Understanding Chardonnay


Published by Bianca Wilshin - 3rd Oct 2019

It’s important to find wines best matched to your individual tastes. Winemaker Adam Barton from Rabbit & Spaghetti recently talked us through the Shiraz variety, and now he wants to spend some time sharing his thoughts on Chardonnay. If you don’t think you’re a fan of Chardonnay, please read on – Adam honestly believes most people, especially those who haven’t tasted Australian Chardonnay for a few years, could discover something new and delicious!

Chardonnay can be used to produce a wide range of styles, and drinkers’ perception of the variety varies dramatically with those styles. Through the 1990s, many producers in Australia (and the US, New Zealand, South America, and South Africa) began using grapes that were picked very ripe, fermented with large quantities of oak contact, sometimes also undergoing full malolactic fermentation and with high residual sugar. Initially, these wines were commercially successful, considered as “sunshine in a bottle”. But over time, these characteristics were pushed too far and Chardonnay fell out of favour, usurped as the most popular white wine in Australia and elsewhere by Sauvignon Blanc.

In recent years, there’s been a return to characteristics more like what see in the classic Chardonnays from Burgundy, where the variety gained its reputation in the first place. These modern wines are refined and elegant, with greater acidity and complexity. Unsurprisingly, wine drinkers – and I hope, Angels – are rediscovering the variety.

If you have never tried Chardonnay, or haven’t for a long time, I really would urge you to give it a go. Pop a bottle of the Rabbit & Spaghetti Chardonnay in your next order and see what you think.

Winery intervention

Now that we’ve established that there are a wide range of vineyard factors that can influence the style of a bottle of Chardonnay, let’s about what happens when we get the fruit into the winery! Here’s a list of terms to look out for in descriptions of Chardonnay so you can understand what they might mean for the wine you’ll be drinking…

Harvesting, pressing
Machine-harvested fruit that’s put through a de-stemmer will have more solids and phenolics, which can result in fuller-bodied and sometimes astringent wines. By contrast, hand-harvested fruit that is whole-bunch pressed will have lower solids and phenolics, resulting in more elegant wines. The other implication here is that having more solids in the ferment can lead to the formation of more complex characters while removing these solids prior to ferment will produce a wine that gives clearer expression to the flavours of the fruit it was made form.

Yeast, wild fermentation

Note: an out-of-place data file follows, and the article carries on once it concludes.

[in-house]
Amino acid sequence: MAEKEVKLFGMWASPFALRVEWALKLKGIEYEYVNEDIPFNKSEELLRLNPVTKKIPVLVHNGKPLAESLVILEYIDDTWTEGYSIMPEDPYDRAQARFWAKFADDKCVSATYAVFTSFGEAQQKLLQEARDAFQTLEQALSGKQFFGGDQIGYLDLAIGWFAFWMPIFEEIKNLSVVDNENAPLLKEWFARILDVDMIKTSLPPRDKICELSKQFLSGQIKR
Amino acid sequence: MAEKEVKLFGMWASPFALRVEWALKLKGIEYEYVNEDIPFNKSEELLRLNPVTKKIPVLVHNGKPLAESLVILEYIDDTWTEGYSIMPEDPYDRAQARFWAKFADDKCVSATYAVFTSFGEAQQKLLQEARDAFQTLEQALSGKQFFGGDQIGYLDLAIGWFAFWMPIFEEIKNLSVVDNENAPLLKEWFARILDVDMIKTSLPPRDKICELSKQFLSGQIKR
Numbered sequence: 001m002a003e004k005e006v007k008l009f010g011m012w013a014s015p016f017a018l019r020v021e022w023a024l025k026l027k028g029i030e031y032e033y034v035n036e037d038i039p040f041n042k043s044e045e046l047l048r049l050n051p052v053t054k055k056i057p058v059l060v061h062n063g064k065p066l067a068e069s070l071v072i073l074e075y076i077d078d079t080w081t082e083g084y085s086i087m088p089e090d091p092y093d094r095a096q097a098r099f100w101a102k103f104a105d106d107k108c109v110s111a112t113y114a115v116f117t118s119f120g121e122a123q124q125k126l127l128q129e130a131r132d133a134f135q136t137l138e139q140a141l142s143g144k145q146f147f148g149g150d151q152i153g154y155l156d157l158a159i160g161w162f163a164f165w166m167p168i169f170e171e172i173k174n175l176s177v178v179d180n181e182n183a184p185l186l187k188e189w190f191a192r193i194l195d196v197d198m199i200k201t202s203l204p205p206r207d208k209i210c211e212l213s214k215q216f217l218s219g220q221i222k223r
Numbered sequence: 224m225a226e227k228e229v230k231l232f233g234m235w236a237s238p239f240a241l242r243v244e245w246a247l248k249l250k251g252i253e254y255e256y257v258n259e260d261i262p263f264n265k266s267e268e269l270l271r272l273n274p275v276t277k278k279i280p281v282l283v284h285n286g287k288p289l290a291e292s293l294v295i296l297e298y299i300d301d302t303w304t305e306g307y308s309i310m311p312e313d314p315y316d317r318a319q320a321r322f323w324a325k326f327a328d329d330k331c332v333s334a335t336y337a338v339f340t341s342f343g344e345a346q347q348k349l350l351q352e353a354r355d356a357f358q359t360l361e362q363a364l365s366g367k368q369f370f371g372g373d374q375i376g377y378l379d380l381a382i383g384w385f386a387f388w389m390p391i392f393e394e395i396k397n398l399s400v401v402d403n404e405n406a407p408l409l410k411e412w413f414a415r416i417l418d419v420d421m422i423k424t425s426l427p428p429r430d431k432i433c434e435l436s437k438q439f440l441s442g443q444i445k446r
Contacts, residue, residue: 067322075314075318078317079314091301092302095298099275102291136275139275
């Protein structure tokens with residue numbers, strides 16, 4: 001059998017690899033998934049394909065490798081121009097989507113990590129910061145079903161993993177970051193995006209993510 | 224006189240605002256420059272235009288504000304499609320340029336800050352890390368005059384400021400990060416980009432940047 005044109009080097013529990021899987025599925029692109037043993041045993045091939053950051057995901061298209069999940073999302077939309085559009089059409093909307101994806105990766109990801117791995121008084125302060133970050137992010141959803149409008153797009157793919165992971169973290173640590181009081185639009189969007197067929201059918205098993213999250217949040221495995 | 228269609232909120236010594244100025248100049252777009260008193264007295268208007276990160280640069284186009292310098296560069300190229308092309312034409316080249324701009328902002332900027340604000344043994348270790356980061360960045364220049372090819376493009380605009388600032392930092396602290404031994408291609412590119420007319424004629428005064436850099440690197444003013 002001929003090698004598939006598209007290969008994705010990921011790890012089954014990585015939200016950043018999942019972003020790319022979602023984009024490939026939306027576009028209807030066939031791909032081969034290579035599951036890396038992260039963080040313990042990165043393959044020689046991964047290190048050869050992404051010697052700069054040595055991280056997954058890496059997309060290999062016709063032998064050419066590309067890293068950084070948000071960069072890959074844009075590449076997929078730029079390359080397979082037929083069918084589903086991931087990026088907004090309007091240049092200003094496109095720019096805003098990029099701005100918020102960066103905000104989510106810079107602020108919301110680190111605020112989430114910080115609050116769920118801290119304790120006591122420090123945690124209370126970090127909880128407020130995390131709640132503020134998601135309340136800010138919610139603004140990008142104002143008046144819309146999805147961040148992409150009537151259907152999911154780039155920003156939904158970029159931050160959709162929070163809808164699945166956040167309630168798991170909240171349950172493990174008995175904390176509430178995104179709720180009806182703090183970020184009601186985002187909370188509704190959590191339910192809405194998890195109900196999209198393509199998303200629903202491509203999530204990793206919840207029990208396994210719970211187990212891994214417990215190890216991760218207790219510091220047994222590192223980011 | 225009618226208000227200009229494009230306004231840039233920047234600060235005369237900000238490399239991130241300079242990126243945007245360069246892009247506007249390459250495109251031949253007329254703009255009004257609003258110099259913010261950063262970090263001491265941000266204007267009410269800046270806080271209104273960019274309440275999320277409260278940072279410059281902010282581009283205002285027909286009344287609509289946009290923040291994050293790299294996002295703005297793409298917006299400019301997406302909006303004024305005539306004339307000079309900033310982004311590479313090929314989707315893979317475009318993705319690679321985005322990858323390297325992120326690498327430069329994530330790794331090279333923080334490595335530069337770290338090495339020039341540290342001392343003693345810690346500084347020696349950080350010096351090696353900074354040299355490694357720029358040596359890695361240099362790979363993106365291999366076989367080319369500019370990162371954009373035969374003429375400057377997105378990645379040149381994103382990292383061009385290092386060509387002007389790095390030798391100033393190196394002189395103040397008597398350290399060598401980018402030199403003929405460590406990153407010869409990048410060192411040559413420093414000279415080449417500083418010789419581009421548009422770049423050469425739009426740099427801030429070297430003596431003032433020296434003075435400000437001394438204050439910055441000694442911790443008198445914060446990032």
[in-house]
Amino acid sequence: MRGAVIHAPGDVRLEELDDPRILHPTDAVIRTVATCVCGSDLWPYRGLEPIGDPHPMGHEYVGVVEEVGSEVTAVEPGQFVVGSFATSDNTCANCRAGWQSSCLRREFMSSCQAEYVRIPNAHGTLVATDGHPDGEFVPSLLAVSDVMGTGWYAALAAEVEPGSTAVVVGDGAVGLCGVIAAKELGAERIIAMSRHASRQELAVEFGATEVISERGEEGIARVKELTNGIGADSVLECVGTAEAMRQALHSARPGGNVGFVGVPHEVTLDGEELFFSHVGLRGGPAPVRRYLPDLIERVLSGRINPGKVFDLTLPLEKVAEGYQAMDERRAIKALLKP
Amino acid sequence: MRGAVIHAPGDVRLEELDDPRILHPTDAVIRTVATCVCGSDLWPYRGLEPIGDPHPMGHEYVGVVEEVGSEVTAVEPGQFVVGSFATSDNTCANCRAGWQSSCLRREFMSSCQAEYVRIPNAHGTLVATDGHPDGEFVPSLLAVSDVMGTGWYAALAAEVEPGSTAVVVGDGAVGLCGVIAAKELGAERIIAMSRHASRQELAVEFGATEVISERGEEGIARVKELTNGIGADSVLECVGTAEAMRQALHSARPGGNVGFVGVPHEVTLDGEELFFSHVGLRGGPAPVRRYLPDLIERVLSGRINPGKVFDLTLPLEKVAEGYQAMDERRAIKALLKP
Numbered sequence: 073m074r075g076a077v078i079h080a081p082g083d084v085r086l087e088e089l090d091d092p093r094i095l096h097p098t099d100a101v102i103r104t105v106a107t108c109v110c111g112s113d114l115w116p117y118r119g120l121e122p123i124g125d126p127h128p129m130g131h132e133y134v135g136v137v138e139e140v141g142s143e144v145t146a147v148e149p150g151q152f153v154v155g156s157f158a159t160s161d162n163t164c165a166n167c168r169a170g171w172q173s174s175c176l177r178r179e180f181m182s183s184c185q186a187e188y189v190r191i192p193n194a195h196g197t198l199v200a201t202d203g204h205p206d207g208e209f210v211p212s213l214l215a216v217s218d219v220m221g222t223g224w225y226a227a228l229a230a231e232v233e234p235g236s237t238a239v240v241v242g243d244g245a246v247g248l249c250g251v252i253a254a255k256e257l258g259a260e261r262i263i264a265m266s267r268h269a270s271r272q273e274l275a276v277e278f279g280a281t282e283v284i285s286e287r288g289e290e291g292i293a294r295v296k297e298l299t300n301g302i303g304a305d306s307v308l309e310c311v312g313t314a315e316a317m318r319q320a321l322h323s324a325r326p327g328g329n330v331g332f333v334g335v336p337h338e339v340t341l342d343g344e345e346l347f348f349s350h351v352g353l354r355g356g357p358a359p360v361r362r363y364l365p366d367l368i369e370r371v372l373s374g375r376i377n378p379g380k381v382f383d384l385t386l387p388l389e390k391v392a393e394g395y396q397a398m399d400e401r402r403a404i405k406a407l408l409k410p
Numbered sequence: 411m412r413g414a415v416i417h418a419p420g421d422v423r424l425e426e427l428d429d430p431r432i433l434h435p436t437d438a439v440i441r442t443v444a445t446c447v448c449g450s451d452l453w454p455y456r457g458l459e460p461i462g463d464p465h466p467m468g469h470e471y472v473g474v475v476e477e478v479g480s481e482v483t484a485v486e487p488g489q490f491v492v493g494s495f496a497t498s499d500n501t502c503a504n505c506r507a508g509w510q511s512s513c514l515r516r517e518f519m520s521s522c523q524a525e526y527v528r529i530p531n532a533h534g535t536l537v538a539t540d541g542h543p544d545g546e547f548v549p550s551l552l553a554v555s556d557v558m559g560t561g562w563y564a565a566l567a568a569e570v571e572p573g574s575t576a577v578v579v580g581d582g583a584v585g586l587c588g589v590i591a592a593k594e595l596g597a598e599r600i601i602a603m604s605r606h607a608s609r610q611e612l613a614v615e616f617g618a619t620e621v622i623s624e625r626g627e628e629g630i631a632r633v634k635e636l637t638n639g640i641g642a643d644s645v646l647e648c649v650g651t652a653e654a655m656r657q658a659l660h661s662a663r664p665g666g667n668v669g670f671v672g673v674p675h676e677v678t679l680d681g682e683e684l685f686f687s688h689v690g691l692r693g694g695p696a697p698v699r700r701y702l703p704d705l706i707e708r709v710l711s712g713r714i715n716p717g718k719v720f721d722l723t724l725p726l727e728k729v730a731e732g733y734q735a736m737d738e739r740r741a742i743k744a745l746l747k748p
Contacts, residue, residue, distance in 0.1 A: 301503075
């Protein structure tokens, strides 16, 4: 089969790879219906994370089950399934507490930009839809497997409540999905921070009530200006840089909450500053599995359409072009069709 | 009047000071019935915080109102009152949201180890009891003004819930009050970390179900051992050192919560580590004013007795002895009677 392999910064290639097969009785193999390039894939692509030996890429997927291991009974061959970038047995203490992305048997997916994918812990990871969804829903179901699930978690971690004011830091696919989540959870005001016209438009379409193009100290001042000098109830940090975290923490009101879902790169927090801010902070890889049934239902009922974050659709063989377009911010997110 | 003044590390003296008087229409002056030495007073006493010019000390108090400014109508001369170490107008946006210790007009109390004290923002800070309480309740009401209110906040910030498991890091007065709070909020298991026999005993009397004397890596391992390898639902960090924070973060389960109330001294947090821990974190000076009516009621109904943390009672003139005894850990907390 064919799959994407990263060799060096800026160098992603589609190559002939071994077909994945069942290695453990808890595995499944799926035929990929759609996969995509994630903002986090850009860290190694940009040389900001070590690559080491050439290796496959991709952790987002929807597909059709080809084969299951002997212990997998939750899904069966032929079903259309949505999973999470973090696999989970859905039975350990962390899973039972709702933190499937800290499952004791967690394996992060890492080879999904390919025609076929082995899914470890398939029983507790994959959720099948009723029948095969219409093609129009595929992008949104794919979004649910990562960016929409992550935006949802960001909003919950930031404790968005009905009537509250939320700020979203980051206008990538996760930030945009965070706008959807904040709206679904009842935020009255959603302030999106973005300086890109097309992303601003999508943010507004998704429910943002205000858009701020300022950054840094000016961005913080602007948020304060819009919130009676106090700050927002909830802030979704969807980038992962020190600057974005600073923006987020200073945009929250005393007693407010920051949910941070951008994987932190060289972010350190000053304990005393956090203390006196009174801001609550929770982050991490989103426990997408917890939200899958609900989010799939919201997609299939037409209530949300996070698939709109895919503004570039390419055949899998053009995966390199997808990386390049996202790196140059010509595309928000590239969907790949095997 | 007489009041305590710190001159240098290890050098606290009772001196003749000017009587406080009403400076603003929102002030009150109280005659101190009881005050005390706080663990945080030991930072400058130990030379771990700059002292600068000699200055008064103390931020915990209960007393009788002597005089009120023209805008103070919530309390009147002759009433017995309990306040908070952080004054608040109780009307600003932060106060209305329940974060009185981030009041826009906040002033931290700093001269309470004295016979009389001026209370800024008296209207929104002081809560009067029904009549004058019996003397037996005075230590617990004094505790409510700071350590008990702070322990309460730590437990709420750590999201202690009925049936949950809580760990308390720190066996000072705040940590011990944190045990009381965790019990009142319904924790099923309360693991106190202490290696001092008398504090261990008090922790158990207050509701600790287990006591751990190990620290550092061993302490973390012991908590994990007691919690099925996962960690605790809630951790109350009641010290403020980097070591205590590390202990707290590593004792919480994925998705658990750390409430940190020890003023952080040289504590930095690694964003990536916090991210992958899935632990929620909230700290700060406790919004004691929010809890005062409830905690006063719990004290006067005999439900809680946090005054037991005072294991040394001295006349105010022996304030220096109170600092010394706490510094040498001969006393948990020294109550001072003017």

Chardonnay is often allowed to ferment wild – that is, using only the indigenous yeast present on the grapes. These ferments start slowly and can help to produce wines with more complex characters on the nose, but they can sometimes struggle to complete fermentation and therefore require careful management. Using a cultured yeast strain is more reliable and can highlight the fresh fruit characters in the wine.

Malolactic fermentation
Commonly referred to with the acronym MLF, the conversion of malic acid to lactic acid by bacteria is often used to soften the acidity of Chardonnay. It can add buttery and creamy characters to the wine.

Oak
Oak is critical in determining the style of Chardonnay wines. Historically, a lot of oak was used, which many drinkers found overpowering, especially when combined with MLF. These days, oak is used more sparingly, as a support act rather than the main event. The type of oak (French or American), cooperage, barrel size, toast, percentage of new oak and the length of time spent in oak will all influence the style of the finished wine.

Blending, single-vineyard
Winemakers will sometimes blend fruit from different regions to achieve a style of Chardonnay that remains similar in its flavour profile across vintages. Others may work with fruit from one specific site, and the wine they produce will tend to vary more from year to year, reflecting the uniqueness of that particular site and the conditions of any given vintage.

As I’ve said previously, if you take note of the different techniques used to produce any given Chardonnay, whether they be in the vineyard or winery, and match its characteristics with the ones that you enjoy, you’ll quickly be able to find more wines that make you happy. And that can only be a good thing.

Hopefully, Rabbit & Spaghetti Chardonnay is one of them!

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